Osteoporosis is no longer considered
age- or sex-dependent, although prevalence
varies by sex and race. Postmenopausal
white women suffer almost
75% of all hip fractures and have
the highest age-adjusted rate of fracture.
Thanks to progress in our understanding
of causes and treatments, this
disease is largely preventable, and significant
improvements in morbidity
and mortality are possible. The best
strategy for prevention and treatment
uses a team approach that involves the
patient, physician, health educators, dietitians,
and physical therapists.
A 47-year-old woman who has a history of breast cancer returns to your office
for a routine examination. She has questions about what constitutes optimal
follow-up care for breast cancer survivors; she has read and heard conflicting
A 79-year-old woman with a 37-year history of type 2 diabetes mellitus complains of head pain that began more than
a month ago and is localized to the left frontotemporal region. She characterizes the pain as constant and burning, with minimal
fluctuations in intensity. The pain does not increase with any particular activity but is quite disabling; it has caused
emotional lability and insomnia. She denies nausea, visual disturbances, weakness of the extremities, dizziness, or tinnitus.
Her appetite is depressed; she has experienced some weight loss.
A 32-year-old woman tells you that she has had generalized weakness;
swelling of the face, arm, and legs; diffuse myalgias; and a facial rash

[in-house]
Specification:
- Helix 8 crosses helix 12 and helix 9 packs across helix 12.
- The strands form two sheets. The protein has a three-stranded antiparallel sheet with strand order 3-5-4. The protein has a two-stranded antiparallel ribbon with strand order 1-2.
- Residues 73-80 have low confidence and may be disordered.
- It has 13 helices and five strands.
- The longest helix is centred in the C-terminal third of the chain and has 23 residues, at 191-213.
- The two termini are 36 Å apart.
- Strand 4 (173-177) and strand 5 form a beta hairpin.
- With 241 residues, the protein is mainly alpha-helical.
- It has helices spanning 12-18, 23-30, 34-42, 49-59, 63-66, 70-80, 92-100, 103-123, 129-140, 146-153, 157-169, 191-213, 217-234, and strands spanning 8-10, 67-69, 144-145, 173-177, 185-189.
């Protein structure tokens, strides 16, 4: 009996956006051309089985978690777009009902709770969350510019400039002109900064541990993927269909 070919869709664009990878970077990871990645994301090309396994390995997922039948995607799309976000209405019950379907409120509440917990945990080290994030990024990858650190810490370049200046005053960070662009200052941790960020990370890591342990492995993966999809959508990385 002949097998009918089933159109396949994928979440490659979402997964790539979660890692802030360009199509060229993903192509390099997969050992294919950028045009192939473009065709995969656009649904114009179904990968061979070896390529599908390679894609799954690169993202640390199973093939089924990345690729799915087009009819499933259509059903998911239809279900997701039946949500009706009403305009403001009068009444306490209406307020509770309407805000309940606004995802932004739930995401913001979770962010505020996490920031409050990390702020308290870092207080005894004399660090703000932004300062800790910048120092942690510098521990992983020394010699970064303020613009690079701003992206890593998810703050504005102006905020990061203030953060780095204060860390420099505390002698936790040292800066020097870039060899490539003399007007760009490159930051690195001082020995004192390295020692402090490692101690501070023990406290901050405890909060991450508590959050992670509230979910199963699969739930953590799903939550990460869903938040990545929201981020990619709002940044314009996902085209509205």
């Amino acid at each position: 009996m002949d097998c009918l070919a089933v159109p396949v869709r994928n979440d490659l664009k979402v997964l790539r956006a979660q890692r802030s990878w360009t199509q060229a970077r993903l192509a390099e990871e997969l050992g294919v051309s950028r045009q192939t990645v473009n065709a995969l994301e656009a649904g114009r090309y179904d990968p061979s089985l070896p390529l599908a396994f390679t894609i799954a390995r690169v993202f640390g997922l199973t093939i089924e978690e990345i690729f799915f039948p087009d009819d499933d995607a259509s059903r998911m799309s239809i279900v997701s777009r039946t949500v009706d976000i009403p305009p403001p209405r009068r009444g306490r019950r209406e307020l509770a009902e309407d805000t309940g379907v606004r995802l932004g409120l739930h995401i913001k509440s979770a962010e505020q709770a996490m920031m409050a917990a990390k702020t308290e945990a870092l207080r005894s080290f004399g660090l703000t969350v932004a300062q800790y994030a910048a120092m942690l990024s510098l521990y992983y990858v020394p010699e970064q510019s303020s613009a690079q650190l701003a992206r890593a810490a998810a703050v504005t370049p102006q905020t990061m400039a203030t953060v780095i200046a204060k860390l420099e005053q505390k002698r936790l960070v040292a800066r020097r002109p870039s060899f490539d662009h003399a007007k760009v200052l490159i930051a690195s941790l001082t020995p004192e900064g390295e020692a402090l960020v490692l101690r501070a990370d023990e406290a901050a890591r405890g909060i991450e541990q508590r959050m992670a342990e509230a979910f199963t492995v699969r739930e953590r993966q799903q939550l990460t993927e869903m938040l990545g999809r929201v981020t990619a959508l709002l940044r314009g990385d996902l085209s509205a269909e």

for several weeks. Her main concern is her inability to keep her arms elevated
or get out of bed. Her history is significant for cervical cancer.
An 80-year-old woman complains of left hip pain
that started after she fell while feeding her cat. The pain
is moderately severe and is localized to the left hip; it
does not radiate. The patient is unable to bear any weight
on the injured hip but denies numbness in her left leg.
There are no other injuries.
A boy was born to a gravida 2, para 1, 26-year-old woman at 37 weeks’ gestation. The pregnancy had been complicated by gestational diabetes. The infant was delivered vaginally; Apgar scores were 6 at 1 minute and 9 at 5 minutes.
A 24-year-old woman presents to
the emergency department with
increasing left lower quadrant pain,
nausea, and persistent retching and
vomiting of 48 hours’ duration. The
pain ranges from dull and aching to
cramping; it has become generalized,
and there is no specific relieving factor.
During the last 12 hours, she has
also had fever and chills. She has no
urinary symptoms, hematemesis,
melena, diarrhea, constipation, or abdominal
Levofloxacin, 500 mg/d, had been prescribed for a 74-year-old woman who had a urinary tract infection. The patient had type 2 diabetes and hypertension. She was allergic to sulfa drugs. Two hours after taking the first oral dose of the antibiotic, painful blisters developed on the lower lip and soft palate.